Has inclusiveness in the workplace increased resistance?

ELM: Workplace bullying, unlawful discrimination and harassment are hot on the agendas of HR teams across New Zealand Phillipa; in your experience, what has led to this and what are some recent case examples where the issue has hit the spotlight?

PHILLIPA: There are likely to be many reasons for this. Individuals and society as a whole have become more aware of these types of issues and the importance of communicating with their colleagues when these issues arise.  In the new digital era with social media and the like, the methods by which we can communicate continue to grow. There are many benefits as a result, but these developments also open the door for other methods of potentially unfair treatment e.g. cyber bullying, which can occur both during and outside work hours.

There have been several recent decisions that have considered these issues, for example Bashir v Ladbrook Law Limited [2016] NZERA Auckland 73 (claims of bullying and racial harassment), Green v Mitech Limited [2016] NZERA Auckland 101 (claims of unlawful discrimination and bullying), Adams t/a Untouchable Hair & Skin v Brown [2015] NZEmpC 77 (claims of bullying) and H v A Ltd [2014] NZEmpC 189 (a sexual harassment claim).

ELM: What can we learn from these case examples and what are you advising employers do to better protect themselves and minimise risks relating to these types of claims?

PHILLIPA: These cases (and many others) have demonstrated that investigations into these types of allegations are coming under increased scrutiny by the Authority and Court.  Getting the process wrong can mean an employer’s decision could potentially be found to be unjustifiable.  Therefore, a thorough investigation is usually needed before disciplinary action can be contemplated. 

Although each case is different, when dealing with these types of complaints, I commonly advise employers to:

  • Ensure comprehensive policies and training are in place;
  • When a complaint is made, provide a neutral, timely and professional response;
  • Take complaints seriously;
  • Provide both parties with an opportunity to explain their view of events;
  • Observe natural justice principles;
  • Keep parties informed of any progress;
  • Preserve confidentiality;
  • Ensure support options are identified and offered;
  • Maintain appropriate record-keeping; and
  • Ensure complaints have been appropriately followed-up.

ELM: What other toxic behaviours are you seeing employers deal with in their workplaces, and why do you think these have unfortunately become more common?

PHILLIPA: One example has arisen following the drive that many employers have initiated for a culture shift toward ensuring inclusiveness in the workplace, particularly for the LGBTI community.  This shift has been very positive, however there is often some resistance to change.  As a result, the behaviours and remarks (for example, calling someone or something “gay”) that may not have been considered “toxic” 50 years ago, would now be considered inappropriate and may need to be addressed.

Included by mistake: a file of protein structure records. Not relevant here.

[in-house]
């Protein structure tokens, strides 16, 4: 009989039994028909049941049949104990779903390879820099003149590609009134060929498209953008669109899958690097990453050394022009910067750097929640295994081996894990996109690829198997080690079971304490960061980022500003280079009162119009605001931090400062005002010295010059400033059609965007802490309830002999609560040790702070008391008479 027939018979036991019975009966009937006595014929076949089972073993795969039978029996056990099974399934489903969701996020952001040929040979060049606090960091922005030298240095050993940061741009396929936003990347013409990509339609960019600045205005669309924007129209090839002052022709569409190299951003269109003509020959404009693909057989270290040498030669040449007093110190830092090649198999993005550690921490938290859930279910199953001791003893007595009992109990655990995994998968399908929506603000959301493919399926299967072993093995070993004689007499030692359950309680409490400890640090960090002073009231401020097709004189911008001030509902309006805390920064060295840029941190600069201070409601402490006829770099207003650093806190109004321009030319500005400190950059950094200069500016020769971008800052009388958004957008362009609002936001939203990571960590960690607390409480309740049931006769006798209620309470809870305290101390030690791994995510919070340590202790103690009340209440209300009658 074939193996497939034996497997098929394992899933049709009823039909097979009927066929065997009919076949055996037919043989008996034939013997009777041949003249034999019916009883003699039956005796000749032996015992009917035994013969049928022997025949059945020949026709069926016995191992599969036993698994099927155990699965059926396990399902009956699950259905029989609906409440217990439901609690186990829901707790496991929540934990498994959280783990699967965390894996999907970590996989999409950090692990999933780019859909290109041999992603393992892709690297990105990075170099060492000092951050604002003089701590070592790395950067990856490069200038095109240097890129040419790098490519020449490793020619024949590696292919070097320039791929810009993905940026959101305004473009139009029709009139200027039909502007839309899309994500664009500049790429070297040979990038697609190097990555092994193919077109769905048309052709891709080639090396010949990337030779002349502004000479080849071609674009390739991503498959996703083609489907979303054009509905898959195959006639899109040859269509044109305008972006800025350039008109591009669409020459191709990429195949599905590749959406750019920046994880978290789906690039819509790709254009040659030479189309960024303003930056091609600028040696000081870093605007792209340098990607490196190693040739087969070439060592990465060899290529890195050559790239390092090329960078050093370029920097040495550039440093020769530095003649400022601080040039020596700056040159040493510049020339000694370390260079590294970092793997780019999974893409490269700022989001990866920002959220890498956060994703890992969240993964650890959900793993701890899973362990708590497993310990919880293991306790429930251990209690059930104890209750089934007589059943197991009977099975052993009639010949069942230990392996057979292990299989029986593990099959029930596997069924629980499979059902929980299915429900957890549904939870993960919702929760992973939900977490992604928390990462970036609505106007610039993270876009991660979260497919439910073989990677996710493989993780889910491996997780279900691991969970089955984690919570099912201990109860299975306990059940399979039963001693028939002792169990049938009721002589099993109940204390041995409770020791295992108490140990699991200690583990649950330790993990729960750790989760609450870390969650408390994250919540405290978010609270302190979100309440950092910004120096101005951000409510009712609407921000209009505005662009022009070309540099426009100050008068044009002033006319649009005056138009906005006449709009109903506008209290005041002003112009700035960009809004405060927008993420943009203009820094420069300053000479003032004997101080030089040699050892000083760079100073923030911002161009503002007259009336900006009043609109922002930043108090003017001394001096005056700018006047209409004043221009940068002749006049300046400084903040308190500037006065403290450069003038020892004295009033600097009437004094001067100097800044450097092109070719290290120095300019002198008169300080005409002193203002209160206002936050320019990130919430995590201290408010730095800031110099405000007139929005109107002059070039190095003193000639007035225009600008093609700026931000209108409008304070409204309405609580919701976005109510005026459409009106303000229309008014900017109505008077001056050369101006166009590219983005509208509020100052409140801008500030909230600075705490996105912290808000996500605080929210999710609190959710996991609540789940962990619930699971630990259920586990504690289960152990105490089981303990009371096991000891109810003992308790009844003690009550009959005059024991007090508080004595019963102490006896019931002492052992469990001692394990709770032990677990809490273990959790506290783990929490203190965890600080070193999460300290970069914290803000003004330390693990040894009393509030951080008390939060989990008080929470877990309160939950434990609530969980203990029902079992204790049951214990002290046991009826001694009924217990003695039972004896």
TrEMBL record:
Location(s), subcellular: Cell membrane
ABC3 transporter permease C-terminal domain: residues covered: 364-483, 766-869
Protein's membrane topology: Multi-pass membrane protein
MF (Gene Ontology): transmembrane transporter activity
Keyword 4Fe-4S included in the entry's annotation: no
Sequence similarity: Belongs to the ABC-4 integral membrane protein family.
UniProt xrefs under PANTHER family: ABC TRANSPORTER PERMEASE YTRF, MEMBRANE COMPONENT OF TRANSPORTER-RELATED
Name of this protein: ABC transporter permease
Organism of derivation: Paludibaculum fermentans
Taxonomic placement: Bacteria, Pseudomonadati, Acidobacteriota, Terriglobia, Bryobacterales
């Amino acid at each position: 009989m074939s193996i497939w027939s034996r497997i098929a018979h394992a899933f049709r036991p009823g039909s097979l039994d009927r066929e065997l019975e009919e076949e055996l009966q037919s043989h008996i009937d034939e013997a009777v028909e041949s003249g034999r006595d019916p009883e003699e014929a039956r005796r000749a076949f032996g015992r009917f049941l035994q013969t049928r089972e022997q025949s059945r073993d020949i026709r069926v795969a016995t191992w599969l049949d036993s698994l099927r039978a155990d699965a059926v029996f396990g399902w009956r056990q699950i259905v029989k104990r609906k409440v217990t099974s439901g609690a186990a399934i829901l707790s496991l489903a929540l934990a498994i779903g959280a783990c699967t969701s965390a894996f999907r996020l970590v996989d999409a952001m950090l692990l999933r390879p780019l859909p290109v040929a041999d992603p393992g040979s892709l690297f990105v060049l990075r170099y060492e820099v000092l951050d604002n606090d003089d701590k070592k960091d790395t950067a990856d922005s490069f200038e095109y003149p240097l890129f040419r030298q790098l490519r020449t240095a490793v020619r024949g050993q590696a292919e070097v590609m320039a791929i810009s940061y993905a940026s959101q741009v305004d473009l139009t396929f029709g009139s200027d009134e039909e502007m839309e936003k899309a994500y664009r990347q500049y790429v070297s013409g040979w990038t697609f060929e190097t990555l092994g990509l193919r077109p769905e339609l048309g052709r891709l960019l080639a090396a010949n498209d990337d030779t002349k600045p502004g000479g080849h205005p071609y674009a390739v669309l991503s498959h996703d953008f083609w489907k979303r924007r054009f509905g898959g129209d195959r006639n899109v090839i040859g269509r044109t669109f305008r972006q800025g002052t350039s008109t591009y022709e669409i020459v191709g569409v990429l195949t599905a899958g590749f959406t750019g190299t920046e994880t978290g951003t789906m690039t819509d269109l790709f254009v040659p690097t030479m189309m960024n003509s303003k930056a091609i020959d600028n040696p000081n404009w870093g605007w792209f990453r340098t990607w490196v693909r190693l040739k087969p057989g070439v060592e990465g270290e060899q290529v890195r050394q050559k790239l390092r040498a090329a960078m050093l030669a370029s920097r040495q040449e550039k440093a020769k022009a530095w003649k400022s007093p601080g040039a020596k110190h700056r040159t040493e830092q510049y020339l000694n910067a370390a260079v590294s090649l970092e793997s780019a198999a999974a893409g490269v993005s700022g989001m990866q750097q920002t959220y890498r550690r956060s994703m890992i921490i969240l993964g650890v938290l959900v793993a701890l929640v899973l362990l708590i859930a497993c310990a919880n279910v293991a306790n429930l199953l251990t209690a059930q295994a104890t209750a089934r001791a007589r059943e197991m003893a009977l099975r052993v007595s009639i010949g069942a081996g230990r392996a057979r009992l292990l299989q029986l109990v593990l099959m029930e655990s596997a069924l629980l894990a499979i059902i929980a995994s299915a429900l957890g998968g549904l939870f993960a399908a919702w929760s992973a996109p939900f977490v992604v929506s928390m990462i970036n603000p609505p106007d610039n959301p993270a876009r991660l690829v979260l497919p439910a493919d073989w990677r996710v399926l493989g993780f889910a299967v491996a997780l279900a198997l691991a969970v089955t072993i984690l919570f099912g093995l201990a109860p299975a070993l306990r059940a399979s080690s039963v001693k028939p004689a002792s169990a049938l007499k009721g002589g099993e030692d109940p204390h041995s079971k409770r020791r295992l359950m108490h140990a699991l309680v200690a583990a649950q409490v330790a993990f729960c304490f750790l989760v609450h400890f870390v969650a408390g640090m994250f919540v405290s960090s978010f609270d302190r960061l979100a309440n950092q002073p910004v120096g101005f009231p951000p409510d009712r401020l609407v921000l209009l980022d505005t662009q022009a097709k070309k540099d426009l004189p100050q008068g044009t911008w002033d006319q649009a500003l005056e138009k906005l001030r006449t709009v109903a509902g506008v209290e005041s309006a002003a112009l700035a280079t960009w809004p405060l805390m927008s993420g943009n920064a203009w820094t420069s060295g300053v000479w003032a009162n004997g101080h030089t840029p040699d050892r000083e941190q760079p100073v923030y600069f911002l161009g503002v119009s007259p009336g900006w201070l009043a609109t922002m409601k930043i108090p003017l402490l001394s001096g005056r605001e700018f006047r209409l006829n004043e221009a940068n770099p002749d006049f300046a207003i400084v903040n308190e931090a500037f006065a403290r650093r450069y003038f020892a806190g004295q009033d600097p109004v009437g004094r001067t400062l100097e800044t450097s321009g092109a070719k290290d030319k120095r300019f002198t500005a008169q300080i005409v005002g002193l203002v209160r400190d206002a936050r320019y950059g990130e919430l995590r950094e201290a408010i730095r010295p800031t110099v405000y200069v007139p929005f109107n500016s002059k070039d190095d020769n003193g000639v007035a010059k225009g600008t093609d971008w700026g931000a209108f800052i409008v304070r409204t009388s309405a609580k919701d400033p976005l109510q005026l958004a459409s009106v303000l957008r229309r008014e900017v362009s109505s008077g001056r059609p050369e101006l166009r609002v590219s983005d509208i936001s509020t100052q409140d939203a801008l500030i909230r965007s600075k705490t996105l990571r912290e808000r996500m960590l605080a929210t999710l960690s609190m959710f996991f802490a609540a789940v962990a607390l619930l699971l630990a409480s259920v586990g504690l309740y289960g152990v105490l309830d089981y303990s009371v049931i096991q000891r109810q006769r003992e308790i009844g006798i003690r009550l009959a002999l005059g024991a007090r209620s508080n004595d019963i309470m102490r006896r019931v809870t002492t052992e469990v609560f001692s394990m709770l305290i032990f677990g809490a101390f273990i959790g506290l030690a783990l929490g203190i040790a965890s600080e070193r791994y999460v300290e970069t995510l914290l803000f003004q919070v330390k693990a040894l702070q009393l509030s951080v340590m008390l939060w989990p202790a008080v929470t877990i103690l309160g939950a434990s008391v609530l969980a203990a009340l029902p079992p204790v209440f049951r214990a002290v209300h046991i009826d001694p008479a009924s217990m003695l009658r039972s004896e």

ELM: When discussing these topics with clients, as well as when you present about them at the upcoming conference HR Law Masterclass Series in New Zealand, what are some key take aways you hope have sunk in?

PHILLIPA: Some of my key take away messages include:

  • Workplace complaints should be investigated and managed in a timely manner- to avoid unnecessary delays;
  • Investigations must be conducted fairly and thoroughly, particularly where the employer has substantial resources at its disposal;
  • The importance of confidentiality must be emphasised to all individuals involved in the complaint from the outset (if necessary, ask these individuals to sign a confidentiality agreement);
  • Consider what steps need to be taken to protect both parties and the business;
  • Keep an open mind;
  • Provide support as required pending the outcome of the investigation, without taking sides;
  • Interview all relevant individuals using a consistent approach; be firm in questioning but avoid harsh interrogation;
  • Ensure that outcomes are fair and consistent with past practices; and
  • Continue to provide ongoing training and awareness-raising in the workplace.


About Phillipa Muir:

Phillipa is a partner and heads the employment law group at Simpson Grierson. She acts for many of New Zealand’s major corporations, tertiary institutions, and local government bodies. Phillipa has successfully argued several leading cases in new areas of employment law. These include the first major damages claim brought by an employer against a union, the first successful stress damages case to go to the Court of Appeal, and the first employment law case to go to New Zealand’s Supreme Court.
Phillipa is also listed as one of the top employment lawyers in New Zealand and will be presenting at the upcoming conference on HR Law in Auckland, with her colleague Samantha Turner presenting in Wellington.